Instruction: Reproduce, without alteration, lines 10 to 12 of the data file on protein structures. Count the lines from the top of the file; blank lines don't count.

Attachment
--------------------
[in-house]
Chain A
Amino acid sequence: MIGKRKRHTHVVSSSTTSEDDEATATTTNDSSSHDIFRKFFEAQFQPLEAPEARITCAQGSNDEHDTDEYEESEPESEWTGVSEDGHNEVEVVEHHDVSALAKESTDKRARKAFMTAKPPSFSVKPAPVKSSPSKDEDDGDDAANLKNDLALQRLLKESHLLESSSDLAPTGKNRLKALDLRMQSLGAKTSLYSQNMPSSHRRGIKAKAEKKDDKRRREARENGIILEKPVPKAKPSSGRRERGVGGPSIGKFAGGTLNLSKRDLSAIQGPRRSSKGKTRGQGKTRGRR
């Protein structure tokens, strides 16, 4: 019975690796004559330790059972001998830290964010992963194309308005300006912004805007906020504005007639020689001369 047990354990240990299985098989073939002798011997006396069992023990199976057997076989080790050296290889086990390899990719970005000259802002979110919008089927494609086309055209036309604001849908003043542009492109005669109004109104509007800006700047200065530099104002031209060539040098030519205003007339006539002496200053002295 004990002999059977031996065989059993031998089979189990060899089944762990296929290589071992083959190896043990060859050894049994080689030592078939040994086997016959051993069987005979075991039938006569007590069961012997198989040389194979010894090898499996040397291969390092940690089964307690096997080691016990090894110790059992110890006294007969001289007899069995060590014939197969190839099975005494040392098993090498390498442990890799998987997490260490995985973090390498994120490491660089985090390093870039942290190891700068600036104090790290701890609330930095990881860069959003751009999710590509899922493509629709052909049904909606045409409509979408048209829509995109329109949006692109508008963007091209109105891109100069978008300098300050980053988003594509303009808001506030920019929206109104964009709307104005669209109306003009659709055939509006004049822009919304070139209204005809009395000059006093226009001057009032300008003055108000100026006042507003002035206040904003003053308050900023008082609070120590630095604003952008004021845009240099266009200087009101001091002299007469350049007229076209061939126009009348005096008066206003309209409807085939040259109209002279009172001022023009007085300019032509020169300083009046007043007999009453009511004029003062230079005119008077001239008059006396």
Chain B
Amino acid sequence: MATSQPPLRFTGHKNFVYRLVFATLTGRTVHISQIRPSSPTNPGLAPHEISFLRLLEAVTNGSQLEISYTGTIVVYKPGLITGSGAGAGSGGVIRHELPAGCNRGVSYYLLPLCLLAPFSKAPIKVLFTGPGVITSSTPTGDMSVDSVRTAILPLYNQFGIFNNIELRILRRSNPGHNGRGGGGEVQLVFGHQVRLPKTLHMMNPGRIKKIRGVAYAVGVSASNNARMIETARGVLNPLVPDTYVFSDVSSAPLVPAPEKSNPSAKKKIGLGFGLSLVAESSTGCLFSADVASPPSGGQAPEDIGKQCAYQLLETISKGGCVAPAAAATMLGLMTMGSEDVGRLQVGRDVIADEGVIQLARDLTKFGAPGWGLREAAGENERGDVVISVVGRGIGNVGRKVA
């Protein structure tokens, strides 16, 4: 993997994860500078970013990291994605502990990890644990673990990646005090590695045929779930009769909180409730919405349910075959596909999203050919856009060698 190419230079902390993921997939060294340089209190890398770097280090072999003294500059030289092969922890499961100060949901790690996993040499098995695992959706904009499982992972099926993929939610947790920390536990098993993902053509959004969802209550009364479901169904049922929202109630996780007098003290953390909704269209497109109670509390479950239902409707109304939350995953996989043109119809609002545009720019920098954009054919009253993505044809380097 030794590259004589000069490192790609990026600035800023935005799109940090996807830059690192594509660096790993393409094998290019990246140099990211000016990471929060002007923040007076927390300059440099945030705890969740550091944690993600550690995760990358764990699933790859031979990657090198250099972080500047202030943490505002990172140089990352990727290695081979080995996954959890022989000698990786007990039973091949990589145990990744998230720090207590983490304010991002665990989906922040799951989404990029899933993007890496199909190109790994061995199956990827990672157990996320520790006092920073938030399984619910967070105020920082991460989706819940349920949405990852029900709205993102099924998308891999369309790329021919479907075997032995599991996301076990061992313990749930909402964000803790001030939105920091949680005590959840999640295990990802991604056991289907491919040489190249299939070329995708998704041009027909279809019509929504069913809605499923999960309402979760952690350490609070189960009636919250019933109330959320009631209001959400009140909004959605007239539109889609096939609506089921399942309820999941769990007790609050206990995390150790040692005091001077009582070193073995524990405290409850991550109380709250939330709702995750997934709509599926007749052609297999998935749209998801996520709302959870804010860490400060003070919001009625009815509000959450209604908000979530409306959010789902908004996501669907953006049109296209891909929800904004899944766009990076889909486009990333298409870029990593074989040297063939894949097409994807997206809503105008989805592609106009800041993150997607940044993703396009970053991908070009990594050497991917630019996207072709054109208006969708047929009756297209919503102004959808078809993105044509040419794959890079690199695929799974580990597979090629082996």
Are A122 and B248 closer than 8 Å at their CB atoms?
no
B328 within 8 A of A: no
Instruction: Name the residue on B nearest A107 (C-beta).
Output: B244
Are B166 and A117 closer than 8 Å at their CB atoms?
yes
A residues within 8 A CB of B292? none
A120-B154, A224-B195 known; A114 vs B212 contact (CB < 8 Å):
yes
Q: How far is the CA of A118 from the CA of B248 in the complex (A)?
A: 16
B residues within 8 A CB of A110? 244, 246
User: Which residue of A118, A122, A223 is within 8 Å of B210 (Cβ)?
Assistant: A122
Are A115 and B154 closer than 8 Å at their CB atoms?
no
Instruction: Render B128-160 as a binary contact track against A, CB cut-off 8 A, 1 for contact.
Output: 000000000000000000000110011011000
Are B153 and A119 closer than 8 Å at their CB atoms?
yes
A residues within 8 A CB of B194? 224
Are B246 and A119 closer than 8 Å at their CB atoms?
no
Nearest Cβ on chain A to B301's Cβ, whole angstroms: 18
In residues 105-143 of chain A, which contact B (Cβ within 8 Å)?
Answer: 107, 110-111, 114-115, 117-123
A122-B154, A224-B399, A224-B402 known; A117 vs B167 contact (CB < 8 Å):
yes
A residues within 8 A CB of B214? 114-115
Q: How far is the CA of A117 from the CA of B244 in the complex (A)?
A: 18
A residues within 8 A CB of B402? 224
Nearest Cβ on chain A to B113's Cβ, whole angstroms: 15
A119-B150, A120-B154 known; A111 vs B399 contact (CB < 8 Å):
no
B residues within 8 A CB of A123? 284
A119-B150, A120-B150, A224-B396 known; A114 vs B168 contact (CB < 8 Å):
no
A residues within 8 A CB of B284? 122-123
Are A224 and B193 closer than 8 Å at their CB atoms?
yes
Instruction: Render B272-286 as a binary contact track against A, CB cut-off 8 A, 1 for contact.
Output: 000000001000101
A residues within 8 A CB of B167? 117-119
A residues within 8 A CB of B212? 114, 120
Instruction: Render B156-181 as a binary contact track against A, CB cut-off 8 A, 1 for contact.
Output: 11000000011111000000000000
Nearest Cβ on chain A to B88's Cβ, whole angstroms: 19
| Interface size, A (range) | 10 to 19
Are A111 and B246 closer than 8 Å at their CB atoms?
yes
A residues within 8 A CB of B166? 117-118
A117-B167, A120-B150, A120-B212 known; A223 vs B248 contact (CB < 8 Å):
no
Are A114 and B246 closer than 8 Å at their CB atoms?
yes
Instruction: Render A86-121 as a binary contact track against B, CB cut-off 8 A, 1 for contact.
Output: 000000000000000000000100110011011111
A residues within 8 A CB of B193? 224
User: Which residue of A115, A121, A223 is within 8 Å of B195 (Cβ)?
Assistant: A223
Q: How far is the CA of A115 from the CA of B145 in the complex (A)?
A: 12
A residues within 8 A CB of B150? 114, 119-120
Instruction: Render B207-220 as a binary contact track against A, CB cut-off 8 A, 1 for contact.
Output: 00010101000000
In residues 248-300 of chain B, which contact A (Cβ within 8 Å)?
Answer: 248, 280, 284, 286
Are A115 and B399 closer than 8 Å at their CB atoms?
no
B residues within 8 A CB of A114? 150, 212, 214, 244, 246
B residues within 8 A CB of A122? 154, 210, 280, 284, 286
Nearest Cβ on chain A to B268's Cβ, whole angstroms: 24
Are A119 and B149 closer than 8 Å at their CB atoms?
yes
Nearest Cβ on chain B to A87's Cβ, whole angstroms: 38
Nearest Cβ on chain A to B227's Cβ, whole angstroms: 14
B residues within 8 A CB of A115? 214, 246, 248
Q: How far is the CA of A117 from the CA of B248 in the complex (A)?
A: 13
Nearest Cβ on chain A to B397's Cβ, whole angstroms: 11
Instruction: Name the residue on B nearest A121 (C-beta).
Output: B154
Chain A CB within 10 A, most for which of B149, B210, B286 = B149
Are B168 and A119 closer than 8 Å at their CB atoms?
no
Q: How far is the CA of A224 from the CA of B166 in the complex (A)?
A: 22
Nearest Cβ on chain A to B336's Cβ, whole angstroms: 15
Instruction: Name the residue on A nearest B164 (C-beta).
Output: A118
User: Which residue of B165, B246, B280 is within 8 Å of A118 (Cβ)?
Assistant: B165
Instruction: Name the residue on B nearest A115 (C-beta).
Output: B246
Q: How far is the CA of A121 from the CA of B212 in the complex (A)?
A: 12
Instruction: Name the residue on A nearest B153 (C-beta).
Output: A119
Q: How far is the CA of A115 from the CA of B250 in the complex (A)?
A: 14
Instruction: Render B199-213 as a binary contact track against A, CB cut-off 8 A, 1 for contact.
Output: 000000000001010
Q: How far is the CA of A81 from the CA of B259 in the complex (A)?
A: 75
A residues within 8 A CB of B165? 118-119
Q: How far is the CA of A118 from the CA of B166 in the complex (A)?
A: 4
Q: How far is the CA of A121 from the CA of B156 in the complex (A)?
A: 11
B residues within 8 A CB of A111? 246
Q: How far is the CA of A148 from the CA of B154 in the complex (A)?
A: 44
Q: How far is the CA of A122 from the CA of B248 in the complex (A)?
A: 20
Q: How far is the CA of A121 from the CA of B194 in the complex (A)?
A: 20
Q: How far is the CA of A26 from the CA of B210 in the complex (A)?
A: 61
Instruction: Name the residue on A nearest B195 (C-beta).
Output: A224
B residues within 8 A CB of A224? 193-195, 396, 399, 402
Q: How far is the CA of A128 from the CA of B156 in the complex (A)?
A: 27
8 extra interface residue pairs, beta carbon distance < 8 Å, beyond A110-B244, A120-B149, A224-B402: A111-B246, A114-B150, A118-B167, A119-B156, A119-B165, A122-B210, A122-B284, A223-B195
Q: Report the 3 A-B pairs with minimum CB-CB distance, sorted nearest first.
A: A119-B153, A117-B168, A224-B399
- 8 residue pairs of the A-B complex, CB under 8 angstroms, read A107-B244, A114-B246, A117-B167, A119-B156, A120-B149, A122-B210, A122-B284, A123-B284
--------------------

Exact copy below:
B328 within 8 A of A: no
Instruction: Name the residue on B nearest A107 (C-beta).
Output: B244